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Your Holiday Home

Categories: Holidays

Your Holiday Home

Imageby Karen Sampson Hoffman, MA

THE HOLIDAYS ARE HERE. The big questions, such as “which traditions does our family want to celebrate and continue?” have been answered. It’s the little things that are snowballing that need to be addressed now. Such as cleaning the house.

Develop routines

Maintaining a home is such a big project that a few generations ago, almost every family had a full-time home manager. Today, it is more common that single and partnered adults work outside the home. The challenge can still be met, even with AD/HD as part of the mix.

A secret resource for many CHADD members, keeping in mind that CHADD doesn’t endorse products or websites: FlyLady.  So named for her love of fly fishing, FlyLady is all about “baby steps” and routines. She explains how to develop a routine to tackle the holiday season and the rest of the year, and her plans and control journals work well for anyone affected by AD/HD. Since you design your own routine with her guidance, it will fit the needs of your life. Other helpful websites include ServiceMaster and Queen of Clean.

Make a plan

Scout your dwelling and note what needs the most work, what needs the least work, and the best hiding places for stuff. (That includes cramming things under the bed—but only for quick cleanings during the holidays.)

Set the timer

Once there is a plan, set the kitchen timer for five, ten or fifteen minutes, and attack the first room. Pick up, stuff away, clear out of sight. When the timer dings, reset it for the next room, whether the first is done or not. Repeat the picking-up in the second room. Ding; same for the third. Set the timer again, grab something to drink or nibble and sit. Rest for the fourth round. Ding, and you’re back to the first room. Repeat until each room is picked up, dusted, and vacuumed, and any additional scrubbing is completed. Breaking it up over a couple days or a week is a good thing, too.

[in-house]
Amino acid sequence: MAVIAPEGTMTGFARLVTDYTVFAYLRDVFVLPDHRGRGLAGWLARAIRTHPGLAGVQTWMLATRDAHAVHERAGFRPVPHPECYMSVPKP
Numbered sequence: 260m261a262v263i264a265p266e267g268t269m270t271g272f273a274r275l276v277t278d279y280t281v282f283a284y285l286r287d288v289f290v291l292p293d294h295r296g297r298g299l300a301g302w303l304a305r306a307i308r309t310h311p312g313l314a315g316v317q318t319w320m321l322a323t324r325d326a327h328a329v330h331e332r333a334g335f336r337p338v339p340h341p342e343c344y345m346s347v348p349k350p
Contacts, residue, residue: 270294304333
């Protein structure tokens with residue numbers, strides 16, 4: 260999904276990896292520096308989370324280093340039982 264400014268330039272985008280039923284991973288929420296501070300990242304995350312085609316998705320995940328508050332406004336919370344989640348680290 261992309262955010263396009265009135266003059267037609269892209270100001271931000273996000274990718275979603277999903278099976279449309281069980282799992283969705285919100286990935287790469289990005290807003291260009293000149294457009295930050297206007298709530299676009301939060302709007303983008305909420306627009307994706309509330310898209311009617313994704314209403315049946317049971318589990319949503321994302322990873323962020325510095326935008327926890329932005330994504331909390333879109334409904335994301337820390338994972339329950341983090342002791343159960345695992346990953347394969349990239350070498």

Handy tips

Leave a second garbage bag at the bottom of the pail, under the current one. That way you have one handy in a pinch without having to hunt for it.

Keep one extra of whatever—laundry soap, can of soup, package of paper towels—on hand. Don’t fill your cupboards with more than you need, but make sure you have a back-up at the ready so you don’t lose your stride.

Keep all cleaning supplies together—a mop bucket makes a great container to stick everything in so you can move from room to room quickly.

If you use it in that room, find a place for it to live in that room. That goes for brooms (kitchen pantry), vacuums (living room closet), laptop computers and accessories (family room entertainment center), and tablecloths (dining room china cabinet). This works well with cleaning supplies, too (though if there are small children in your life, perhaps up high in a cabinet).

ImageSuggestions from CHADD members

Get out of having the celebration at your house. Consider co-hosting family events at another relative’s house.

Make running lists—notebooks and personal data assistants are great for this. Make a list for everything from groceries to library books, and keep lists in one place for easy reference.

Limit your number of guests. A dinner party of six is more manageable than twenty-six. Since this is a holiday season, make use of the time by having two small dinner parties with different guests or one intimate party and then making reservations for the larger group at a favorite restaurant.

Call your favorite grocery store and find out about its holiday meals. Many prepare the entire meal at a reasonable cost. Order ahead, pick it up the morning of your holiday meal—and serve in your own dishes!

Online shopping is good. If the online store includes gift-wrapping, go for it! Have gifts sent to their recipients rather than to you. One wise member pointed out that wrapping gifts as soon as you get them helps to avoid the 3 a.m. crunch before the big day.

As one CHADD member wrote to us, “Change the expectations so the holiday works for you, not the other way around.”

If all else fails…

One CHADD member wrote that he once had a stack of newspapers piling up in the dining room, evidently for a couple of years. As company was coming rather soon, he struck upon a plan: He placed a board across the tops of the piles and draped a holiday tablecloth over it. The piles were successfully hidden and the set-up “didn’t look bad, really.”

Except that it stayed that way for another four years before finally being cleared away.


Karen Sampson Hoffman, MA, writes from Hanover, Maryland.

This article originally appeared in the December 2007 issue of Attention magazine. Copyright © 2007 by Children and Adults with Attention-Deficit/Hyperactivity Disorder (CHADD). All rights reserved. Reproduction in whole or in part without written permission from CHADD is prohibited.